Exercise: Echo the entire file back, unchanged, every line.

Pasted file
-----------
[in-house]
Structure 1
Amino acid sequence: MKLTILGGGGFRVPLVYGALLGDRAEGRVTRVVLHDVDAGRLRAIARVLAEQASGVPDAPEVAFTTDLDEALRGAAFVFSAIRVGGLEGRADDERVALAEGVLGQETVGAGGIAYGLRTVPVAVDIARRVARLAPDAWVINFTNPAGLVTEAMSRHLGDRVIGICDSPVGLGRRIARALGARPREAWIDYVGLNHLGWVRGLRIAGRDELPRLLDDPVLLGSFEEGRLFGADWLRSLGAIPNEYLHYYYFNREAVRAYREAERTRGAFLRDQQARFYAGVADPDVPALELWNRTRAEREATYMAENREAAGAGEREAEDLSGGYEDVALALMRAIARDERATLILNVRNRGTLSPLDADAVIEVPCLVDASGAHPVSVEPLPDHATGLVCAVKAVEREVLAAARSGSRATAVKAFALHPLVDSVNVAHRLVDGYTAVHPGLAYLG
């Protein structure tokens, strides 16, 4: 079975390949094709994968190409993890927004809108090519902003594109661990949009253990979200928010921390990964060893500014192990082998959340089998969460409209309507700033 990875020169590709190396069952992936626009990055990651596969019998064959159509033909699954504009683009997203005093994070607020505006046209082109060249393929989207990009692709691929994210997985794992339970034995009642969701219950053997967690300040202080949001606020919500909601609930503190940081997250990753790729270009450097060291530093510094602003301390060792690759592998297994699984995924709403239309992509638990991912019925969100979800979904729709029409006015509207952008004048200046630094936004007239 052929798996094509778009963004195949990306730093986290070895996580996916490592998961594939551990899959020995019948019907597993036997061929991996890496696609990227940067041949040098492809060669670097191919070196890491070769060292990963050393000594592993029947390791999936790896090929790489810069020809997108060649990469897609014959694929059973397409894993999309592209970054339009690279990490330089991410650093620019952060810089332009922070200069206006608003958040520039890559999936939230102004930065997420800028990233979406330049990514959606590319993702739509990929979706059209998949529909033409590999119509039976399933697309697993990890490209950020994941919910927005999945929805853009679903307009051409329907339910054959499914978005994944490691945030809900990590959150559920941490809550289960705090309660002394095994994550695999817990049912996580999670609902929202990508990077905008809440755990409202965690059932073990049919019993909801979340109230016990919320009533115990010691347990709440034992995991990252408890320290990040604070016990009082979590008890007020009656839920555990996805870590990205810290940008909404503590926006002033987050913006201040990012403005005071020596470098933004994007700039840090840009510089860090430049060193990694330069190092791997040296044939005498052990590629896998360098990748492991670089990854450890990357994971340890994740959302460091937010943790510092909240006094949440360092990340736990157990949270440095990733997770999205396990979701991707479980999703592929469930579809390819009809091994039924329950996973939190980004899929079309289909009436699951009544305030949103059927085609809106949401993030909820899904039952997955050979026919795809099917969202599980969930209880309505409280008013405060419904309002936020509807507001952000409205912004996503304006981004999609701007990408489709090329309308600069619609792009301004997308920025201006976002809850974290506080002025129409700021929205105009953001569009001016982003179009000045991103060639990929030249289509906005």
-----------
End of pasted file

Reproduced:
[in-house]
Structure 1
Amino acid sequence: MKLTILGGGGFRVPLVYGALLGDRAEGRVTRVVLHDVDAGRLRAIARVLAEQASGVPDAPEVAFTTDLDEALRGAAFVFSAIRVGGLEGRADDERVALAEGVLGQETVGAGGIAYGLRTVPVAVDIARRVARLAPDAWVINFTNPAGLVTEAMSRHLGDRVIGICDSPVGLGRRIARALGARPREAWIDYVGLNHLGWVRGLRIAGRDELPRLLDDPVLLGSFEEGRLFGADWLRSLGAIPNEYLHYYYFNREAVRAYREAERTRGAFLRDQQARFYAGVADPDVPALELWNRTRAEREATYMAENREAAGAGEREAEDLSGGYEDVALALMRAIARDERATLILNVRNRGTLSPLDADAVIEVPCLVDASGAHPVSVEPLPDHATGLVCAVKAVEREVLAAARSGSRATAVKAFALHPLVDSVNVAHRLVDGYTAVHPGLAYLG
């Protein structure tokens, strides 16, 4: 079975390949094709994968190409993890927004809108090519902003594109661990949009253990979200928010921390990964060893500014192990082998959340089998969460409209309507700033 990875020169590709190396069952992936626009990055990651596969019998064959159509033909699954504009683009997203005093994070607020505006046209082109060249393929989207990009692709691929994210997985794992339970034995009642969701219950053997967690300040202080949001606020919500909601609930503190940081997250990753790729270009450097060291530093510094602003301390060792690759592998297994699984995924709403239309992509638990991912019925969100979800979904729709029409006015509207952008004048200046630094936004007239 052929798996094509778009963004195949990306730093986290070895996580996916490592998961594939551990899959020995019948019907597993036997061929991996890496696609990227940067041949040098492809060669670097191919070196890491070769060292990963050393000594592993029947390791999936790896090929790489810069020809997108060649990469897609014959694929059973397409894993999309592209970054339009690279990490330089991410650093620019952060810089332009922070200069206006608003958040520039890559999936939230102004930065997420800028990233979406330049990514959606590319993702739509990929979706059209998949529909033409590999119509039976399933697309697993990890490209950020994941919910927005999945929805853009679903307009051409329907339910054959499914978005994944490691945030809900990590959150559920941490809550289960705090309660002394095994994550695999817990049912996580999670609902929202990508990077905008809440755990409202965690059932073990049919019993909801979340109230016990919320009533115990010691347990709440034992995991990252408890320290990040604070016990009082979590008890007020009656839920555990996805870590990205810290940008909404503590926006002033987050913006201040990012403005005071020596470098933004994007700039840090840009510089860090430049060193990694330069190092791997040296044939005498052990590629896998360098990748492991670089990854450890990357994971340890994740959302460091937010943790510092909240006094949440360092990340736990157990949270440095990733997770999205396990979701991707479980999703592929469930579809390819009809091994039924329950996973939190980004899929079309289909009436699951009544305030949103059927085609809106949401993030909820899904039952997955050979026919795809099917969202599980969930209880309505409280008013405060419904309002936020509807507001952000409205912004996503304006981004999609701007990408489709090329309308600069619609792009301004997308920025201006976002809850974290506080002025129409700021929205105009953001569009001016982003179009000045991103060639990929030249289509906005």